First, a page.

So far, Barton County and Kansas has been fortunate. Reports of severe weather have been minimal in 2015.
But if the past decade is a guide, Barton County will be targeted for severe weather more often than virtually every county in Kansas. Since 1950, Barton County ranks second for tornado reports behind Sherman County, which features an abundance of weak twisters.
Chance Hayes, chief meteorologist for Wichita’s National Weather Service, said Barton County has averaged 5.4 tornado warnings per year over the past 10 years. The city of Great Bend was under the tornado warning 50 percent of the time.
“It’s been an extremely slow year,” Hayes said.
The massive state of Texas has more severe weather reports than Kansas, but Oklahoma and Kansas top the list for most severe weather reports per square mile.
“That’s why it’s important for people to be aware that severe weather is something we live with,” Hayes said. “We have severe weather move through Barton County quite frequently every year.”
Tuesday’s annual weather spotter training in Great Bend guarantees more resources will be available to report severe weather.
Hayes said trained weather spotters are an invaluable resource to confirm what radar indicates. Spotters guarantee the accuracy of severe weather reports.
“We’re very confident in our radar interpretation,” Hayes said. “But many times, what we’re seeing is 7,500 feet off the ground. It lends more credibility to what we’re seeing. It builds our confidence in knowing what we are looking at. We never know for sure whether it’s a wall cloud or whether it’s producing a tornado other than what folks tell us.”
Hayes said radar information will indicate a rotating storm with rotational velocities that would generate a tornadic storm. Hayes said radar-indicated tornadoes are 80 percent accurate.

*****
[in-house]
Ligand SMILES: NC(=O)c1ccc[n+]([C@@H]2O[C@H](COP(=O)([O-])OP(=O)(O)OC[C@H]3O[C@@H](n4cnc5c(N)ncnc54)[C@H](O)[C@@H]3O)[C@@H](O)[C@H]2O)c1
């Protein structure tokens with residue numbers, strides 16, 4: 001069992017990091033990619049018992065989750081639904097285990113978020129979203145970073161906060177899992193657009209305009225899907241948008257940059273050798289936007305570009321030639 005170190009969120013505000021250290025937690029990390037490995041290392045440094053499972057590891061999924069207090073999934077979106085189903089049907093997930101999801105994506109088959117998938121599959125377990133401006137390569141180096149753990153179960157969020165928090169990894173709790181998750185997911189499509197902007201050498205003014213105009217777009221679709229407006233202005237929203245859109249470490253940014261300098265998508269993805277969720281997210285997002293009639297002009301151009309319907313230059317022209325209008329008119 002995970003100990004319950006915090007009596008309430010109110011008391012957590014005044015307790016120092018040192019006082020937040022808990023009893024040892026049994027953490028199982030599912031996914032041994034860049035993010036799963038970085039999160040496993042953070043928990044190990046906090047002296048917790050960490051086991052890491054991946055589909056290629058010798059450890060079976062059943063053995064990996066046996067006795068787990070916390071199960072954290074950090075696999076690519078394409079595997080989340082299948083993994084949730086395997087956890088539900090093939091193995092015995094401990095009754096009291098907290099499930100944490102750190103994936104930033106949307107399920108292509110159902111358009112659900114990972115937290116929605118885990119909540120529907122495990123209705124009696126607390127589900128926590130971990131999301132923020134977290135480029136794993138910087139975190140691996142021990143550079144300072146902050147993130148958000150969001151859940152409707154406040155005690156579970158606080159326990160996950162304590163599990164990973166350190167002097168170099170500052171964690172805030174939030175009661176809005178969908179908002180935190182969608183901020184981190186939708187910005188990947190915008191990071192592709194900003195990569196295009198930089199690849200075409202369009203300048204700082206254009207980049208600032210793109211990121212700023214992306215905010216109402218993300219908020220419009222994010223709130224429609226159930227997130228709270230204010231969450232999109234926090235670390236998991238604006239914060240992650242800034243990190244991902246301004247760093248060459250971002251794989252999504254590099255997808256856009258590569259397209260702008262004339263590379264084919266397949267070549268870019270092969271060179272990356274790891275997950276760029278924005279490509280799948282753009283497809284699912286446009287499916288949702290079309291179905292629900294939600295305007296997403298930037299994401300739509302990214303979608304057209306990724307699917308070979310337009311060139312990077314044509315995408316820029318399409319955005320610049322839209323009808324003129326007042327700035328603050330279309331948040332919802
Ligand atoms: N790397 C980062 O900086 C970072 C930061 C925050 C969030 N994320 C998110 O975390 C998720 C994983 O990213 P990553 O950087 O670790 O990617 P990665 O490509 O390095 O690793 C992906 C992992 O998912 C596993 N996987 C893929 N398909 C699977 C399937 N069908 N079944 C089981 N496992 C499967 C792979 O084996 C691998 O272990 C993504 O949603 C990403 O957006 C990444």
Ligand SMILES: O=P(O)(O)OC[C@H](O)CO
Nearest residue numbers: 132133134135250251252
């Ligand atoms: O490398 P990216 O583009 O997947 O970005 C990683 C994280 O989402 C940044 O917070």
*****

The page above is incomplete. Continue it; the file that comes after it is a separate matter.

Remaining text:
“Until we get that spotter feedback, we are not 100 percent sure,” he said.
Barton County spotters can report severe weather to 620-793-1920, a number staffed around the clock. Reports are accepted for wind, hail, rainfall and flooding, wall clouds and tornadoes, accompanied by time and exact location.
Amy Miller, Barton County emergency manager, said the best way the public can help is to provide reports from a safe location, not by driving around chasing severe storms.
It’s been a growing concern for emergency personnel to fight through traffic from people wanting to capture video of severe storms.
“The best way is to report from a location where you can get into safety,” Miller said. “It’s always comes down to making good, safe decisions.”
Hayes said because severe weather is common in Kansas, there is always a chance to not take the warnings seriously all the time.
“It’s very important you don’t take chances and become complacent,” he said. “You need to pay attention to weather radio and television warnings. But we want those warnings to be funneled to you.”
Hayes said most new phones have the capability to receive weather alerts wired to your exact location. A warning is often issued for an entire county when only part of that county is affected. Many modern cell phones have the capability to receive emergency weather alerts through FEMA, The National Weather Service and cell-phone carriers.
“There are applications that use GPS technology,” Hayes said. “My phone will buzz if my location is under a warning. You want that weather information funneled to you and your location.”
Hayes said late-evening severe storms are typically in the last stages of their life, but have produced some dangerous storms.
“They are in the later stages of the storm,” he said. “When the suns sets, you lose the heat and they form into squall lines. Their last hurray is at night. The strength comes from all the environmental ingredients.”
Those ingredients make spring-time storms the most dangerous storms. The 2007 Greensburg tornado and 2001 Hoisington tornado were late-night storms.
The National Weather Service watch offers various levels of risk for severe weather — slight, moderate and high risk. Hayes said the Weather Channel meteorologists follow a similar pattern by issuing Tor:con alerts that forecast a probability of a warning within 50 miles of a location.